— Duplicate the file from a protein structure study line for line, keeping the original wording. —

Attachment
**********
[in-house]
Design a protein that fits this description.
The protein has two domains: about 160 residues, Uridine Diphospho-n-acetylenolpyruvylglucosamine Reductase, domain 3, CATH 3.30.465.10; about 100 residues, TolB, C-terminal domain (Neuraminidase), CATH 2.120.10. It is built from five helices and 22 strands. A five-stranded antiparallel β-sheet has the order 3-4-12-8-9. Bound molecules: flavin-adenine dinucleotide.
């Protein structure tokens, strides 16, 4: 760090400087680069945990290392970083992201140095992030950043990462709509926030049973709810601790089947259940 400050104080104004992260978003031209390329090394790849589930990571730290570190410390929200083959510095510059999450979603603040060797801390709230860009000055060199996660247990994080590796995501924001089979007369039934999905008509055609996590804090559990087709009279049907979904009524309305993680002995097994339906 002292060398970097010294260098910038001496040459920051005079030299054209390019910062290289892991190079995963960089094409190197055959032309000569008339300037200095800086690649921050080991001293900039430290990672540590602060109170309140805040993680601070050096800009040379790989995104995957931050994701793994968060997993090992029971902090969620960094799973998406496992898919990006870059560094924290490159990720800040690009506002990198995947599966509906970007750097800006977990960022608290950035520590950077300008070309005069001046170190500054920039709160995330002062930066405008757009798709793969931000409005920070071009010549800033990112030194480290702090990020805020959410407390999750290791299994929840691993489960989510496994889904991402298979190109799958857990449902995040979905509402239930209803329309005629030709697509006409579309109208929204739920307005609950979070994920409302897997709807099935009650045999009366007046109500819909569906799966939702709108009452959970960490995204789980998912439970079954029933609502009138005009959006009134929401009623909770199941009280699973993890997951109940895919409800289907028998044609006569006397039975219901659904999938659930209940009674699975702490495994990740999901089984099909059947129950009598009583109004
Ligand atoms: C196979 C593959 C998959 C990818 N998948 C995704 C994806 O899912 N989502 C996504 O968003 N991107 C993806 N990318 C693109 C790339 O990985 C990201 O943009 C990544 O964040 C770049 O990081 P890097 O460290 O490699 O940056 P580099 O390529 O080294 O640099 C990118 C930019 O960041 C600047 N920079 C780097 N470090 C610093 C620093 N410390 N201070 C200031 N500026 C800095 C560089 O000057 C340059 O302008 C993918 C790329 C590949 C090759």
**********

[in-house]
Design a protein that fits this description.
The protein has two domains: about 160 residues, Uridine Diphospho-n-acetylenolpyruvylglucosamine Reductase, domain 3, CATH 3.30.465.10; about 100 residues, TolB, C-terminal domain (Neuraminidase), CATH 2.120.10. It is built from five helices and 22 strands. A five-stranded antiparallel β-sheet has the order 3-4-12-8-9. Bound molecules: flavin-adenine dinucleotide.
């Protein structure tokens, strides 16, 4: 760090400087680069945990290392970083992201140095992030950043990462709509926030049973709810601790089947259940 400050104080104004992260978003031209390329090394790849589930990571730290570190410390929200083959510095510059999450979603603040060797801390709230860009000055060199996660247990994080590796995501924001089979007369039934999905008509055609996590804090559990087709009279049907979904009524309305993680002995097994339906 002292060398970097010294260098910038001496040459920051005079030299054209390019910062290289892991190079995963960089094409190197055959032309000569008339300037200095800086690649921050080991001293900039430290990672540590602060109170309140805040993680601070050096800009040379790989995104995957931050994701793994968060997993090992029971902090969620960094799973998406496992898919990006870059560094924290490159990720800040690009506002990198995947599966509906970007750097800006977990960022608290950035520590950077300008070309005069001046170190500054920039709160995330002062930066405008757009798709793969931000409005920070071009010549800033990112030194480290702090990020805020959410407390999750290791299994929840691993489960989510496994889904991402298979190109799958857990449902995040979905509402239930209803329309005629030709697509006409579309109208929204739920307005609950979070994920409302897997709807099935009650045999009366007046109500819909569906799966939702709108009452959970960490995204789980998912439970079954029933609502009138005009959006009134929401009623909770199941009280699973993890997951109940895919409800289907028998044609006569006397039975219901659904999938659930209940009674699975702490495994990740999901089984099909059947129950009598009583109004
Ligand atoms: C196979 C593959 C998959 C990818 N998948 C995704 C994806 O899912 N989502 C996504 O968003 N991107 C993806 N990318 C693109 C790339 O990985 C990201 O943009 C990544 O964040 C770049 O990081 P890097 O460290 O490699 O940056 P580099 O390529 O080294 O640099 C990118 C930019 O960041 C600047 N920079 C780097 N470090 C610093 C620093 N410390 N201070 C200031 N500026 C800095 C560089 O000057 C340059 O302008 C993918 C790329 C590949 C090759």